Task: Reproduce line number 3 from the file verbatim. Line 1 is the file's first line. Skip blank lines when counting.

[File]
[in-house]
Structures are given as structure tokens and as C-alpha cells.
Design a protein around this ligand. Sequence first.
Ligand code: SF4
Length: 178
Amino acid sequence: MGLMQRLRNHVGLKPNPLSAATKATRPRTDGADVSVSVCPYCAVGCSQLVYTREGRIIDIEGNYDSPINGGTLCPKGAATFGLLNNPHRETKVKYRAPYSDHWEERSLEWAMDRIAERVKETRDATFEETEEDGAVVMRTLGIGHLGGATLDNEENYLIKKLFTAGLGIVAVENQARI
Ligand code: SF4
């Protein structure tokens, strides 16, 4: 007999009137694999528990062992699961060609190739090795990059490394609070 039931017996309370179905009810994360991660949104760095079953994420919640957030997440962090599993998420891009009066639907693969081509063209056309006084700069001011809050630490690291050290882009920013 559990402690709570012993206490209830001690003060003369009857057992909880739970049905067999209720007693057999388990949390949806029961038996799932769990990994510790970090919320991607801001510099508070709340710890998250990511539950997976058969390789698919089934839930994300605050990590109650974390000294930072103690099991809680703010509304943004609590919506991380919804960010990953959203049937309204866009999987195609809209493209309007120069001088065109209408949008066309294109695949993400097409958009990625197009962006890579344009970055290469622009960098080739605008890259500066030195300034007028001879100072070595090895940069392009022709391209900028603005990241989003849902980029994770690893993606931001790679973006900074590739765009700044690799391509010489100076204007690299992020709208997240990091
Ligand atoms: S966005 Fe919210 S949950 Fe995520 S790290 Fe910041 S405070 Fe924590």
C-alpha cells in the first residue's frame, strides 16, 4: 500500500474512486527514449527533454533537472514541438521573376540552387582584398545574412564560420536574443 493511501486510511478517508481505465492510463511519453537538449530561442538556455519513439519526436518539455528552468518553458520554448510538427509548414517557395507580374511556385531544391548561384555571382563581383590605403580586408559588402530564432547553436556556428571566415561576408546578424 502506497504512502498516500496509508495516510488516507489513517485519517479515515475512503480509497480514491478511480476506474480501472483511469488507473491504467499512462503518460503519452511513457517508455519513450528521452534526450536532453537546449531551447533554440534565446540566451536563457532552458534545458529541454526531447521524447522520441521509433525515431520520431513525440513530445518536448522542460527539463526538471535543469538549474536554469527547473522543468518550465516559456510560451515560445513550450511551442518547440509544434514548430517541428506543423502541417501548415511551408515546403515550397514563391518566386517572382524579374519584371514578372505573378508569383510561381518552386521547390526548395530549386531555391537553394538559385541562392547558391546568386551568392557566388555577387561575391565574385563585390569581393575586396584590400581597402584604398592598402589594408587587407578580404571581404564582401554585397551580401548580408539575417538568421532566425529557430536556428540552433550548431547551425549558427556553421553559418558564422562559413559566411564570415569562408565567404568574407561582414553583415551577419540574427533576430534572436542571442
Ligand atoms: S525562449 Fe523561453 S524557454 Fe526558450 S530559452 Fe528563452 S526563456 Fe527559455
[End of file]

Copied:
Design a protein around this ligand. Sequence first.